Although researchers have made remarkable advances in studying comas and other disorders of consciousness, doctors say a great deal remains unknown. When a doctor walks into an exam room, for example, the tools available for determining the prognosis of a patient in a coma are limited -- and far from an exact science.

Now, researchers think they've found a measurement that will help doctors assess whether a patient will emerge from a coma.

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“Coma is one of the most dreaded conditions,” Dr. Romer Geocadin, professor of neurology at The Johns Hopkins University School of Medicine and senior author of the new study, told Discovery News. “When patients are non-responsive from a traumatic brain injury or a stroke or tumor, for decades there’s been no real reliable marker of which patients will wake up.”

In fact, there are more reliable markers of which patients will do poorly, the researchers said.

“It’s been a one-way street,” Geocadin said.

That gave the researchers an idea: Using one of the most well-known tests for poor outcomes, they decided to test the reverse. In 1986, Dr. Allan Ropper discovered that a shift of the brain from its usual midline position is associated with loss of consciousness and poor outcome. Geocadin and lead author Robert Kowalski, a principal investigator at Craig Hospital in Englewood, Colorado, which specializes in spinal cord injury and traumatic brain injury, decided to measure whether patients whose brains shifted back toward midline had a better prognosis.

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“No one had really looked at the converse; that's what we did,”  Kowalski told Discovery News.

Bryan Young, professor emeritus in the neurology department at Western University in Ontario, Canada, who was not involved in the research, called the idea to follow up on Ropper's work "simple but brilliant."

Using a year’s worth of data from new coma patients at the Neurosciences Critical Care Unit at The Johns Hopkins Hospital, the researchers not only discovered a strong association between deviation from normal brain symmetry and emerging from coma, but they were also able to pinpoint a measurement (6 millimeters) at which the association seemed to indicate improved outcome.

“The message is to (consider more than) one factor in trying to give a prognosis to a patient's family and approach to therapy,” Kowalski said. “When a patient comes in who is comatose, (clinicians can consider this and other factors in determining) what are the chances they will wake up and what should we do therapeutically?” Kowalski said.


Other factors associated with recovery include the patient’s age, the cause of the coma, and the depth of the coma ranked on the Glasgow Coma Scale. But even if those factors offer a poor prognosis, a less-than-6-millimeter shift in symmetry could trump the other variables, Kowalski said.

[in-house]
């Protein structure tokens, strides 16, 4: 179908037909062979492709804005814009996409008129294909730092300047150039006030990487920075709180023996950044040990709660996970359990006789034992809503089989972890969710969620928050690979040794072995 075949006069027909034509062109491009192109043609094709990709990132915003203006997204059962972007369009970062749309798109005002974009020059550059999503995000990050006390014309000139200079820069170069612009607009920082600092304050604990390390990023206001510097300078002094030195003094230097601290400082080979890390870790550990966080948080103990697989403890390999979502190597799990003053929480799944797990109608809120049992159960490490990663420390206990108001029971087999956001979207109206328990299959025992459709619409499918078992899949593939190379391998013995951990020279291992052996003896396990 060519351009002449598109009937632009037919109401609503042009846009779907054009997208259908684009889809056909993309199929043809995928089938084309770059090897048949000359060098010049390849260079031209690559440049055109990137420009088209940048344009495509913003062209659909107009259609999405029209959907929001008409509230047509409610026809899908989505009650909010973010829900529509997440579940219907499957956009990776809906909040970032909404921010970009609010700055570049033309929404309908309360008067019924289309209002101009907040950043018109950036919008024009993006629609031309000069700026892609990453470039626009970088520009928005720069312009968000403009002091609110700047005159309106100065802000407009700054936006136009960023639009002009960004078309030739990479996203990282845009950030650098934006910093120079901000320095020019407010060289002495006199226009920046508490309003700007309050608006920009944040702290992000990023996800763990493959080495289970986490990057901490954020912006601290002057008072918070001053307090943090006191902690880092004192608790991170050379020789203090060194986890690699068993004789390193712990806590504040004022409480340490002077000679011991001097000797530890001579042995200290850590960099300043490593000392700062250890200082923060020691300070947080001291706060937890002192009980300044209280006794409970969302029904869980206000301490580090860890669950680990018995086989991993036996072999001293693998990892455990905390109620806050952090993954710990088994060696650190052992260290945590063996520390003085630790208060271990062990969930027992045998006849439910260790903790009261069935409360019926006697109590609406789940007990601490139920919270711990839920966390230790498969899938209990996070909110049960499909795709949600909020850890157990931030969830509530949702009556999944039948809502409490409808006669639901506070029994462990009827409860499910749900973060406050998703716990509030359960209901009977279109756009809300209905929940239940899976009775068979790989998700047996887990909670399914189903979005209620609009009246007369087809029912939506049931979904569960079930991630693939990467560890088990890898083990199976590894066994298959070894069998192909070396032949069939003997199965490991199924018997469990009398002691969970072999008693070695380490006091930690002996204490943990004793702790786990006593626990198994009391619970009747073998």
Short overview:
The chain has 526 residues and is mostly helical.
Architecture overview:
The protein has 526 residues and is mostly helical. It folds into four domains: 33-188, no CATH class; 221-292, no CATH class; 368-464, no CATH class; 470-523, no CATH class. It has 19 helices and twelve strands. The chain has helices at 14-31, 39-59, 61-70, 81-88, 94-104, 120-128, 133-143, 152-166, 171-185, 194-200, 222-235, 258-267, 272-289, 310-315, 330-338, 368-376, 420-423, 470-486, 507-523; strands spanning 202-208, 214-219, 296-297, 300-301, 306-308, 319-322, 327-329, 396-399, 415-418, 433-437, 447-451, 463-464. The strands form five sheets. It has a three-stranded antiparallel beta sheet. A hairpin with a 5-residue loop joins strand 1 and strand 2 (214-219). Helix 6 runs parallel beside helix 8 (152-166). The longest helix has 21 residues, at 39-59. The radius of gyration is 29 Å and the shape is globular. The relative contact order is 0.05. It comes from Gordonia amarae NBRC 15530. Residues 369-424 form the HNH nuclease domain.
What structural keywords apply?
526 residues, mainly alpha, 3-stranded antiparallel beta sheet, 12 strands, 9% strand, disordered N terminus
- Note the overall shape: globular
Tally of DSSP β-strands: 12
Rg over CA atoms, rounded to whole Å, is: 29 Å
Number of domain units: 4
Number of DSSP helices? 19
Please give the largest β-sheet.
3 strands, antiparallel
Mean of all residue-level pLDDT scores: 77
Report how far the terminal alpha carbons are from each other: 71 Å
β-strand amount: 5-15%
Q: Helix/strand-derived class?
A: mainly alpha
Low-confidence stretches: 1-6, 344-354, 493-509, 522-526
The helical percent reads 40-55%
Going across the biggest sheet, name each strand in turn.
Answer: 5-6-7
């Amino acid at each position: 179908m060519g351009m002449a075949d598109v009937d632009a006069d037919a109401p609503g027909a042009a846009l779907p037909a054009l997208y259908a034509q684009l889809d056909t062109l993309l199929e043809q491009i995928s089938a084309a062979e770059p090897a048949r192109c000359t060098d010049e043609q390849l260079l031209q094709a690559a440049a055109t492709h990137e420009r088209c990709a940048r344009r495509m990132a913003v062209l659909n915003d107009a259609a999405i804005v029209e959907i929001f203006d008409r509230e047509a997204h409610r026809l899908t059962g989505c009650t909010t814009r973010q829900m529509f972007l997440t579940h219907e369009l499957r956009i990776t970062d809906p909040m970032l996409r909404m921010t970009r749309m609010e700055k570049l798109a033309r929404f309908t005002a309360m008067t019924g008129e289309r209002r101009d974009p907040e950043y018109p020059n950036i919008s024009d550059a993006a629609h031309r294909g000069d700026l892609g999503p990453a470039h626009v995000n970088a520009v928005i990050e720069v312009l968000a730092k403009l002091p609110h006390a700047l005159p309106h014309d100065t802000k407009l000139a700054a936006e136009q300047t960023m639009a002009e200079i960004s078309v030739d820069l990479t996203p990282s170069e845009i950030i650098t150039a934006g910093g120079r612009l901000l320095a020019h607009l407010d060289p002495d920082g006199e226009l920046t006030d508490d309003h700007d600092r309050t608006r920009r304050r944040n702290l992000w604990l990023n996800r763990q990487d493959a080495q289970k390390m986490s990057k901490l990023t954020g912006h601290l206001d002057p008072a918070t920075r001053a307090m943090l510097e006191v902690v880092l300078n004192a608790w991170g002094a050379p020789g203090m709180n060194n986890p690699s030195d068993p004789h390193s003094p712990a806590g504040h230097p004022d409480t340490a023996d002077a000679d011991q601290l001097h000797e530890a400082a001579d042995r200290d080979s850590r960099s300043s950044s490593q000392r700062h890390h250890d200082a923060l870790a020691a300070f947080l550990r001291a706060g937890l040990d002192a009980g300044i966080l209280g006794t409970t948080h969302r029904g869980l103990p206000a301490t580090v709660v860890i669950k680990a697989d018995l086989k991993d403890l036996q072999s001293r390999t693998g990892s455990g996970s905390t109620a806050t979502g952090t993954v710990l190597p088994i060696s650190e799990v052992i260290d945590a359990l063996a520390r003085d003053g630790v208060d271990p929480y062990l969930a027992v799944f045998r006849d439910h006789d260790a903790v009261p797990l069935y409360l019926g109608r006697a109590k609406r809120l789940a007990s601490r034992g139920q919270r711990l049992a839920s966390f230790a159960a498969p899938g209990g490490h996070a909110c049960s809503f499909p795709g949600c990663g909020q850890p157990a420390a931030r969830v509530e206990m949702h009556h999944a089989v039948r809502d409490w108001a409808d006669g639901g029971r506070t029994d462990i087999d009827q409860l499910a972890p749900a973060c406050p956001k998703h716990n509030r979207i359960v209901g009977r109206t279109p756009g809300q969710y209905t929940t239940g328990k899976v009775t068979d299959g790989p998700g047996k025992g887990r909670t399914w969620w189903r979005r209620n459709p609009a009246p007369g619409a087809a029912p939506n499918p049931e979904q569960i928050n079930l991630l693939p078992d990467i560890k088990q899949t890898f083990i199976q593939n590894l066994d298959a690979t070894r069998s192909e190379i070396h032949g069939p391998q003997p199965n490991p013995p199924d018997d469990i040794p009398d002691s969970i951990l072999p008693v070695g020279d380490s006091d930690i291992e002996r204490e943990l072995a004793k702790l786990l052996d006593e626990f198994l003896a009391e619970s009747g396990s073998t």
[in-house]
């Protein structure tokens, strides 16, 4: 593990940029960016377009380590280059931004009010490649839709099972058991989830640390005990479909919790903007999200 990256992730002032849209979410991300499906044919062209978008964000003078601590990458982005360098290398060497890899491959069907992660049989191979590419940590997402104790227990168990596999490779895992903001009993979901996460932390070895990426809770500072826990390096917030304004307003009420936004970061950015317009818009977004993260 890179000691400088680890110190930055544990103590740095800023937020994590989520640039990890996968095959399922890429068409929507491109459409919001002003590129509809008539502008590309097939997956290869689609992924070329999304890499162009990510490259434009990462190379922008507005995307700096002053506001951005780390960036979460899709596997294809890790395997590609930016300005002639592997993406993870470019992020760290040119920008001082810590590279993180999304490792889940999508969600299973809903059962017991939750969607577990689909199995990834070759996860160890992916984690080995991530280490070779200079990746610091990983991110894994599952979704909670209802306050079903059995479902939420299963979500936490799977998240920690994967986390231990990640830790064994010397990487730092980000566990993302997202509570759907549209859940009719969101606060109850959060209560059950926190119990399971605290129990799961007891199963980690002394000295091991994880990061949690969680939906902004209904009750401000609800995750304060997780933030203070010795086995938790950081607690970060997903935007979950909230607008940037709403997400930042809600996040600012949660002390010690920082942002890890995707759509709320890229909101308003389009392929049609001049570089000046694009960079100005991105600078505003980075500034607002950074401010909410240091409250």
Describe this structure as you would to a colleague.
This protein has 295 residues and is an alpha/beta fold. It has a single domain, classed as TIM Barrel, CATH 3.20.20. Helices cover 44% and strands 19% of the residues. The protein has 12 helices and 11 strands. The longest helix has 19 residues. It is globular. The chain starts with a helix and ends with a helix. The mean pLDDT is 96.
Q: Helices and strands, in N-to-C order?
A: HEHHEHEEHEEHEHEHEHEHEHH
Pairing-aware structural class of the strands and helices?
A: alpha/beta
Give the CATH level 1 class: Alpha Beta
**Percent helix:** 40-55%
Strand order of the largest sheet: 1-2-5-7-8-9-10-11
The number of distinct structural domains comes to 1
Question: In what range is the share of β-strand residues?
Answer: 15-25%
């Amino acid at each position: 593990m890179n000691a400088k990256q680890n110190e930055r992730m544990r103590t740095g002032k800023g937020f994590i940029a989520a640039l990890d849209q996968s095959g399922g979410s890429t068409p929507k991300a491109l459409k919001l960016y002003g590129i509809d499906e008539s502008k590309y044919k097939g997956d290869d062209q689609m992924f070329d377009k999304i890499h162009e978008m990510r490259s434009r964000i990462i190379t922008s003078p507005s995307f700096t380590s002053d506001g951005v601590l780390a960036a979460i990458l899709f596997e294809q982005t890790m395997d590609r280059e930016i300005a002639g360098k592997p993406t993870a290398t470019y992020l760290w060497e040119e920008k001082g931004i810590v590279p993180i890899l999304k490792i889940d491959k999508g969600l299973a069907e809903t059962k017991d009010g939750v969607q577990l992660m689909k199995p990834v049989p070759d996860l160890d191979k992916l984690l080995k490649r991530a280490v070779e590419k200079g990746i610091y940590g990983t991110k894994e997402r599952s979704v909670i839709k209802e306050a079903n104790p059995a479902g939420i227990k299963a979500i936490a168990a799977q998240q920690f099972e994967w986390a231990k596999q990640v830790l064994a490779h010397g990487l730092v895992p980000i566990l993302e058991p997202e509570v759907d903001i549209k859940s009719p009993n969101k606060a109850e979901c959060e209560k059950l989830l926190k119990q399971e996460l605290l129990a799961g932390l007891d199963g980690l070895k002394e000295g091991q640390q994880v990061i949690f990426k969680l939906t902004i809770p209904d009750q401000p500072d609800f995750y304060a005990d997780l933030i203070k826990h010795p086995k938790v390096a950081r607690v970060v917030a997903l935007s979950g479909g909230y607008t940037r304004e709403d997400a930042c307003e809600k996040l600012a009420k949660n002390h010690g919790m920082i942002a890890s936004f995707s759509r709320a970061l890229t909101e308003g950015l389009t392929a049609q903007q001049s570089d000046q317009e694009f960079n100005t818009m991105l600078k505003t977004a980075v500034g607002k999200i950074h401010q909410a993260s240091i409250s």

“It’s never 100 percent; every case is different,” he said. “But we think that the 6 millimeters is a good guideline to keep in mind.”

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To quantify the shift, the researchers measured two areas in the brain: From the septum, located near the top of the head, down the center of the brain to determine the midline shift, and the pineal gland, located above the roof of the mouth, to determine side to side movement of the brain stem. In both cases, they found that for patients who had less than a 6-millimeter shift -- or if the displacement moved back to within 6 millimeters at a follow-up CT scan -- the association with awakening was strong (and if the shift grew, the patient was much less likely to waken.)

“The implications are that it gives options for treatments,” Geocadin said. “And we do have those treatments; we just didn’t know to what extent to push them.”

Current treatment protocol involves injecting the brain with a salty solution that’s known to push it back into position -- or surgical relief of pressure that encourages repositioning. Using the 6 millimeter designation should give clinicians guidance when using the techniques, the researchers said.

“It was like we were driving down the street without a speedometer,” Geocadin said. “Now we have a parameter.”

The emphasis in current practice, Young said, is to control cranial pressure, while surgery is usually reserved for life-saving situations. After reading the study, he said clinicians may need to be more aggressive in minimizing the midline shift, including using surgical measures.

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"We've reserved it for extreme measures, but it could be used to improve outcomes as well," he said, noting that he hasn't seen the salt solution work as well as surgery to shift the brain.

A future study, he said, would be key to compare similar, randomized patients treated either with surgery or standard care.

One limitation of the study, Kowalski noted, was that they were not able to follow the patients after they left Johns Hopkins.

“The key thing to remember,” Geocadin said, “is unless the patient wakes up, everything else is a no-go. Once you start waking up, then you can start building.”